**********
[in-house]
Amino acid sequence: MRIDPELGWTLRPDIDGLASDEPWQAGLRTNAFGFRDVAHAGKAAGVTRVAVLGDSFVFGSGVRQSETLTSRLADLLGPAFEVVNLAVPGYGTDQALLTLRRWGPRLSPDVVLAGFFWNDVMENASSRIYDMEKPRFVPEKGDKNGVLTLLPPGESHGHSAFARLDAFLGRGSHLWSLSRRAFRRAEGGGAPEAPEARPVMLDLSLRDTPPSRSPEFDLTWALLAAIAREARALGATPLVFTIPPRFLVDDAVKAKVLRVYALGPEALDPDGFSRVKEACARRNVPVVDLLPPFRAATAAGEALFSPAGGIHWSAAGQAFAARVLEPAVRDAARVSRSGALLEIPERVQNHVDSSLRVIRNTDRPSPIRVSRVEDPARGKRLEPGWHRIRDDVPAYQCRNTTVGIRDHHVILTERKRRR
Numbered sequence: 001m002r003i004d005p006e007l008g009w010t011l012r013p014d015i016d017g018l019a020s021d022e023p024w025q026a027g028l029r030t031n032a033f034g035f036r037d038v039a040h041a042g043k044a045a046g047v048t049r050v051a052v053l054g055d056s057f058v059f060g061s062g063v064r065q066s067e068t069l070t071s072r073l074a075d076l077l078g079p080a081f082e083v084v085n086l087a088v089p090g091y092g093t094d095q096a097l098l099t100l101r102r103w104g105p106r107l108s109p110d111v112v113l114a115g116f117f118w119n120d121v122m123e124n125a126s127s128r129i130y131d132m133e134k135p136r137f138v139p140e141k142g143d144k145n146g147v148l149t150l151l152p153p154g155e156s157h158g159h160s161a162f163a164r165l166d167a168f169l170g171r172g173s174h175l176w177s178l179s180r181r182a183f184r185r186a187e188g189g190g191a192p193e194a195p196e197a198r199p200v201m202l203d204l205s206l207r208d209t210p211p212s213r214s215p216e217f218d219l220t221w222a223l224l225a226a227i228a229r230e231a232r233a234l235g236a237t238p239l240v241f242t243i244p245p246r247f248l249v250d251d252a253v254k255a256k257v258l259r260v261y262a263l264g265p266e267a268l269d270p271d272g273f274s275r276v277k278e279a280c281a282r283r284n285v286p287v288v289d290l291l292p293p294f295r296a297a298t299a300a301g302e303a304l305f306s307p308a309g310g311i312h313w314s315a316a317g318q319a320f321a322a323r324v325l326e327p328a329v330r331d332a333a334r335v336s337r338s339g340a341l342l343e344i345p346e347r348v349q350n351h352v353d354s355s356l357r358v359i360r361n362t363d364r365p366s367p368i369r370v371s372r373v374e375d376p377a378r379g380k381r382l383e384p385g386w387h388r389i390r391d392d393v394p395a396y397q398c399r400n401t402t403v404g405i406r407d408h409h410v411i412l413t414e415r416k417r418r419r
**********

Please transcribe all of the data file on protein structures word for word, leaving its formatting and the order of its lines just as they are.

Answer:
[in-house]
Amino acid sequence: MRIDPELGWTLRPDIDGLASDEPWQAGLRTNAFGFRDVAHAGKAAGVTRVAVLGDSFVFGSGVRQSETLTSRLADLLGPAFEVVNLAVPGYGTDQALLTLRRWGPRLSPDVVLAGFFWNDVMENASSRIYDMEKPRFVPEKGDKNGVLTLLPPGESHGHSAFARLDAFLGRGSHLWSLSRRAFRRAEGGGAPEAPEARPVMLDLSLRDTPPSRSPEFDLTWALLAAIAREARALGATPLVFTIPPRFLVDDAVKAKVLRVYALGPEALDPDGFSRVKEACARRNVPVVDLLPPFRAATAAGEALFSPAGGIHWSAAGQAFAARVLEPAVRDAARVSRSGALLEIPERVQNHVDSSLRVIRNTDRPSPIRVSRVEDPARGKRLEPGWHRIRDDVPAYQCRNTTVGIRDHHVILTERKRRR
Numbered sequence: 001m002r003i004d005p006e007l008g009w010t011l012r013p014d015i016d017g018l019a020s021d022e023p024w025q026a027g028l029r030t031n032a033f034g035f036r037d038v039a040h041a042g043k044a045a046g047v048t049r050v051a052v053l054g055d056s057f058v059f060g061s062g063v064r065q066s067e068t069l070t071s072r073l074a075d076l077l078g079p080a081f082e083v084v085n086l087a088v089p090g091y092g093t094d095q096a097l098l099t100l101r102r103w104g105p106r107l108s109p110d111v112v113l114a115g116f117f118w119n120d121v122m123e124n125a126s127s128r129i130y131d132m133e134k135p136r137f138v139p140e141k142g143d144k145n146g147v148l149t150l151l152p153p154g155e156s157h158g159h160s161a162f163a164r165l166d167a168f169l170g171r172g173s174h175l176w177s178l179s180r181r182a183f184r185r186a187e188g189g190g191a192p193e194a195p196e197a198r199p200v201m202l203d204l205s206l207r208d209t210p211p212s213r214s215p216e217f218d219l220t221w222a223l224l225a226a227i228a229r230e231a232r233a234l235g236a237t238p239l240v241f242t243i244p245p246r247f248l249v250d251d252a253v254k255a256k257v258l259r260v261y262a263l264g265p266e267a268l269d270p271d272g273f274s275r276v277k278e279a280c281a282r283r284n285v286p287v288v289d290l291l292p293p294f295r296a297a298t299a300a301g302e303a304l305f306s307p308a309g310g311i312h313w314s315a316a317g318q319a320f321a322a323r324v325l326e327p328a329v330r331d332a333a334r335v336s337r338s339g340a341l342l343e344i345p346e347r348v349q350n351h352v353d354s355s356l357r358v359i360r361n362t363d364r365p366s367p368i369r370v371s372r373v374e375d376p377a378r379g380k381r382l383e384p385g386w387h388r389i390r391d392d393v394p395a396y397q398c399r400n401t402t403v404g405i406r407d408h409h410v411i412l413t414e415r416k417r418r419r